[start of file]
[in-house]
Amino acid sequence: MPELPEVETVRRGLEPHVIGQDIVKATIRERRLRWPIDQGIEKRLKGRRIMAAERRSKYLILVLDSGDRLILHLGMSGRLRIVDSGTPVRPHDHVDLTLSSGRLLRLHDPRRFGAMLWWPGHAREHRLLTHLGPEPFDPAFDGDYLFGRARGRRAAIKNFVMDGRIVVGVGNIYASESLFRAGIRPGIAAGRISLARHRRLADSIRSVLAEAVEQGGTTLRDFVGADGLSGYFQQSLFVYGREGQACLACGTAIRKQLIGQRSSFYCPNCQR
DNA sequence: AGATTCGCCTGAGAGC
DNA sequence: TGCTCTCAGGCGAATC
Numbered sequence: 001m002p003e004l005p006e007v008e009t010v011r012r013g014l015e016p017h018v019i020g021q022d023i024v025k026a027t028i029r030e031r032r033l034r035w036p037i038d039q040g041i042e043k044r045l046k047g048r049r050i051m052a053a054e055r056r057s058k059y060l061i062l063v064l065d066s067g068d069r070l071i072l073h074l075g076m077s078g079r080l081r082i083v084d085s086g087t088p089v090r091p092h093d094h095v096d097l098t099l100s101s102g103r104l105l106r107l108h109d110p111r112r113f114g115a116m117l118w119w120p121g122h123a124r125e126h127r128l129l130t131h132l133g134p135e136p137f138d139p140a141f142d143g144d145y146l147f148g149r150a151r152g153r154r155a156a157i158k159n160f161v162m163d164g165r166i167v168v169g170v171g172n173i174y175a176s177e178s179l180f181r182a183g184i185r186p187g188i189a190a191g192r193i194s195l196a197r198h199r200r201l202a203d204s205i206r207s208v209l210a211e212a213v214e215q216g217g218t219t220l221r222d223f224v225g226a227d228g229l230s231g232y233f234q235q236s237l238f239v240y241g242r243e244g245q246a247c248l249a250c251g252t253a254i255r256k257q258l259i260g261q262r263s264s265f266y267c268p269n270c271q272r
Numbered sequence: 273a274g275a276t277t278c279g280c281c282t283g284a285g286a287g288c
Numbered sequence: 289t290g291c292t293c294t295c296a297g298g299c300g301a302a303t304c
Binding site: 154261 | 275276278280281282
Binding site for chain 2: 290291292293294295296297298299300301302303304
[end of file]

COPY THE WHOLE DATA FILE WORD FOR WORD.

[in-house]
Amino acid sequence: MPELPEVETVRRGLEPHVIGQDIVKATIRERRLRWPIDQGIEKRLKGRRIMAAERRSKYLILVLDSGDRLILHLGMSGRLRIVDSGTPVRPHDHVDLTLSSGRLLRLHDPRRFGAMLWWPGHAREHRLLTHLGPEPFDPAFDGDYLFGRARGRRAAIKNFVMDGRIVVGVGNIYASESLFRAGIRPGIAAGRISLARHRRLADSIRSVLAEAVEQGGTTLRDFVGADGLSGYFQQSLFVYGREGQACLACGTAIRKQLIGQRSSFYCPNCQR
DNA sequence: AGATTCGCCTGAGAGC
DNA sequence: TGCTCTCAGGCGAATC
Numbered sequence: 001m002p003e004l005p006e007v008e009t010v011r012r013g014l015e016p017h018v019i020g021q022d023i024v025k026a027t028i029r030e031r032r033l034r035w036p037i038d039q040g041i042e043k044r045l046k047g048r049r050i051m052a053a054e055r056r057s058k059y060l061i062l063v064l065d066s067g068d069r070l071i072l073h074l075g076m077s078g079r080l081r082i083v084d085s086g087t088p089v090r091p092h093d094h095v096d097l098t099l100s101s102g103r104l105l106r107l108h109d110p111r112r113f114g115a116m117l118w119w120p121g122h123a124r125e126h127r128l129l130t131h132l133g134p135e136p137f138d139p140a141f142d143g144d145y146l147f148g149r150a151r152g153r154r155a156a157i158k159n160f161v162m163d164g165r166i167v168v169g170v171g172n173i174y175a176s177e178s179l180f181r182a183g184i185r186p187g188i189a190a191g192r193i194s195l196a197r198h199r200r201l202a203d204s205i206r207s208v209l210a211e212a213v214e215q216g217g218t219t220l221r222d223f224v225g226a227d228g229l230s231g232y233f234q235q236s237l238f239v240y241g242r243e244g245q246a247c248l249a250c251g252t253a254i255r256k257q258l259i260g261q262r263s264s265f266y267c268p269n270c271q272r
Numbered sequence: 273a274g275a276t277t278c279g280c281c282t283g284a285g286a287g288c
Numbered sequence: 289t290g291c292t293c294t295c296a297g298g299c300g301a302a303t304c
Binding site: 154261 | 275276278280281282
Binding site for chain 2: 290291292293294295296297298299300301302303304